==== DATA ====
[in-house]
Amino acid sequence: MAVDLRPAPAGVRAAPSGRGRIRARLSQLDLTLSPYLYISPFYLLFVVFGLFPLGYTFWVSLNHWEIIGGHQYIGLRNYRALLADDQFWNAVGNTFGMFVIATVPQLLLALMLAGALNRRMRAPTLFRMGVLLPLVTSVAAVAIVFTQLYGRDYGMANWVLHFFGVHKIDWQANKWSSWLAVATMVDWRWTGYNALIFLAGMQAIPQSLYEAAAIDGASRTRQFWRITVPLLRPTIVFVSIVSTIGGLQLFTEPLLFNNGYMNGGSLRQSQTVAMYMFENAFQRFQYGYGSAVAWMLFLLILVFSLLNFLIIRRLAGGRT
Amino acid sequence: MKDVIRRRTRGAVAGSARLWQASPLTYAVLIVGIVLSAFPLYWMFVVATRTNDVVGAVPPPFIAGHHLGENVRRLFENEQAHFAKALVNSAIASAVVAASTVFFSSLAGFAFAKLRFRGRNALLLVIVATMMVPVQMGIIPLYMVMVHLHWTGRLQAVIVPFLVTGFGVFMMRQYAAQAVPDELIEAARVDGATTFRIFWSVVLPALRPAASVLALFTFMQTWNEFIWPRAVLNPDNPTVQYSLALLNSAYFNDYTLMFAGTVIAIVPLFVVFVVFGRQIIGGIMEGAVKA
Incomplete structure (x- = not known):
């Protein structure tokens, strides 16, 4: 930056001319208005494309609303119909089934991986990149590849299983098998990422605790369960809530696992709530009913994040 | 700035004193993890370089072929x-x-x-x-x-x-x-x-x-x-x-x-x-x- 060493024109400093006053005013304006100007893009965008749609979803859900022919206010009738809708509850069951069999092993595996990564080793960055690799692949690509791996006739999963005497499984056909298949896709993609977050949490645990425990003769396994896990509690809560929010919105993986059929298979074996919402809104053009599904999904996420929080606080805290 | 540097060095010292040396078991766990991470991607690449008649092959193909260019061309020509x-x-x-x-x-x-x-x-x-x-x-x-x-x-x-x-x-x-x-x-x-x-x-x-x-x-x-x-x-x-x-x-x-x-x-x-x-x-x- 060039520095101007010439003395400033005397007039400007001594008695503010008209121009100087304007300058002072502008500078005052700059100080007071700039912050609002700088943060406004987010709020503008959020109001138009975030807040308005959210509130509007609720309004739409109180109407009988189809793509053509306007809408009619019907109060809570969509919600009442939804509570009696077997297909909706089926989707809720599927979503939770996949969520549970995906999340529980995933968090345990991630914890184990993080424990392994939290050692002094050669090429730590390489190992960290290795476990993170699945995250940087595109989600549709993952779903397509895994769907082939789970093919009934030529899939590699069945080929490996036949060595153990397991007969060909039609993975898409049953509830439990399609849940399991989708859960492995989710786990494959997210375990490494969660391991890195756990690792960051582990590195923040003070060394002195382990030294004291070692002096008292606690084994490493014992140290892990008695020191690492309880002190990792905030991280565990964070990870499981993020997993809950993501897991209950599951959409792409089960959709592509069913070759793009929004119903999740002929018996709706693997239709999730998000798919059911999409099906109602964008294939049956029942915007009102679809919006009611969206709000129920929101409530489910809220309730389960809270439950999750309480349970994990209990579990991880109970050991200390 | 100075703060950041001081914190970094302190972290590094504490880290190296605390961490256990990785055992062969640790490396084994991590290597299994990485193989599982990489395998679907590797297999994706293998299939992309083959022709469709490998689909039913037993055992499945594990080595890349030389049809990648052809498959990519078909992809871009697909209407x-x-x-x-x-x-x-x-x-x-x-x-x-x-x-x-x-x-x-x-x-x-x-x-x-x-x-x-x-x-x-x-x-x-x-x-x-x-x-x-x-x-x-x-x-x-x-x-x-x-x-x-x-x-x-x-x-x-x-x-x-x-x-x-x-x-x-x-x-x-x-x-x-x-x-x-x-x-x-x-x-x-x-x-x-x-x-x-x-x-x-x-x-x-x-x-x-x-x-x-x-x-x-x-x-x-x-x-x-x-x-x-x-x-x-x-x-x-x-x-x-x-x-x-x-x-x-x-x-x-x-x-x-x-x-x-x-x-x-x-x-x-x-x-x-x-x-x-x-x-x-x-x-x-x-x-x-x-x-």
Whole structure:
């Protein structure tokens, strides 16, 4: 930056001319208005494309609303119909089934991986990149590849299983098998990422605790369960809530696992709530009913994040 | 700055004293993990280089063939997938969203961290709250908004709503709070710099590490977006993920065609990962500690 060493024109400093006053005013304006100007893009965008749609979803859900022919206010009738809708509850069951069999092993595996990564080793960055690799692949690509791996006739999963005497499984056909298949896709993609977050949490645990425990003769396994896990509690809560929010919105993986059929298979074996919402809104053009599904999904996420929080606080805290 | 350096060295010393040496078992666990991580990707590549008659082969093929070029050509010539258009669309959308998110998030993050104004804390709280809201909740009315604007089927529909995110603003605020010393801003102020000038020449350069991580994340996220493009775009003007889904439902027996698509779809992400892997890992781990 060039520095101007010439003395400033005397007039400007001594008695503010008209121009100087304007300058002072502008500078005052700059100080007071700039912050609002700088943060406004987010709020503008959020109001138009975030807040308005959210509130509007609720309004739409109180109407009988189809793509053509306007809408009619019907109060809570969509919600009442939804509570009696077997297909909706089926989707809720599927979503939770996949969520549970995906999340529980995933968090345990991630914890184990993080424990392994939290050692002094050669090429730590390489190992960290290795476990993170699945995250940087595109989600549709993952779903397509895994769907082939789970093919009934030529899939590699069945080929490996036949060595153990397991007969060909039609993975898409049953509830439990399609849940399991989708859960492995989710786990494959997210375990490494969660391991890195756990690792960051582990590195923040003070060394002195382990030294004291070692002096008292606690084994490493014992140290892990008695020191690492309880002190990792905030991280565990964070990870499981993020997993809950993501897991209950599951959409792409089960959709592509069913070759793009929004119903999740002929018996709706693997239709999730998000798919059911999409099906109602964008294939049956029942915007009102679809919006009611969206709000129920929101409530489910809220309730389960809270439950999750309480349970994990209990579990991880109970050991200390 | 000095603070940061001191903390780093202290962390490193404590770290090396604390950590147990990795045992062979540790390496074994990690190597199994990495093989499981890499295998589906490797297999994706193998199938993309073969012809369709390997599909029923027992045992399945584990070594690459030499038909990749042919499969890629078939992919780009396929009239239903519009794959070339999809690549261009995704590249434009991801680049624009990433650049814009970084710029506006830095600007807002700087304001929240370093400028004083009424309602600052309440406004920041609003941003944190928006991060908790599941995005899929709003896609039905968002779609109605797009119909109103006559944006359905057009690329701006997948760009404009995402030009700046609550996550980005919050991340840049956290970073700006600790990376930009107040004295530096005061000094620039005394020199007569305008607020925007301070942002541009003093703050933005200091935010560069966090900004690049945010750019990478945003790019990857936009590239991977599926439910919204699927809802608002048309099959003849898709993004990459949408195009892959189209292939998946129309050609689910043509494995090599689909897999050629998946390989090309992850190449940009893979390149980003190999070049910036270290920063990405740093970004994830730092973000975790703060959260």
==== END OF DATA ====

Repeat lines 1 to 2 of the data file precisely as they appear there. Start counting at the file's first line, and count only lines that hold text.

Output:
[in-house]
Amino acid sequence: MAVDLRPAPAGVRAAPSGRGRIRARLSQLDLTLSPYLYISPFYLLFVVFGLFPLGYTFWVSLNHWEIIGGHQYIGLRNYRALLADDQFWNAVGNTFGMFVIATVPQLLLALMLAGALNRRMRAPTLFRMGVLLPLVTSVAAVAIVFTQLYGRDYGMANWVLHFFGVHKIDWQANKWSSWLAVATMVDWRWTGYNALIFLAGMQAIPQSLYEAAAIDGASRTRQFWRITVPLLRPTIVFVSIVSTIGGLQLFTEPLLFNNGYMNGGSLRQSQTVAMYMFENAFQRFQYGYGSAVAWMLFLLILVFSLLNFLIIRRLAGGRT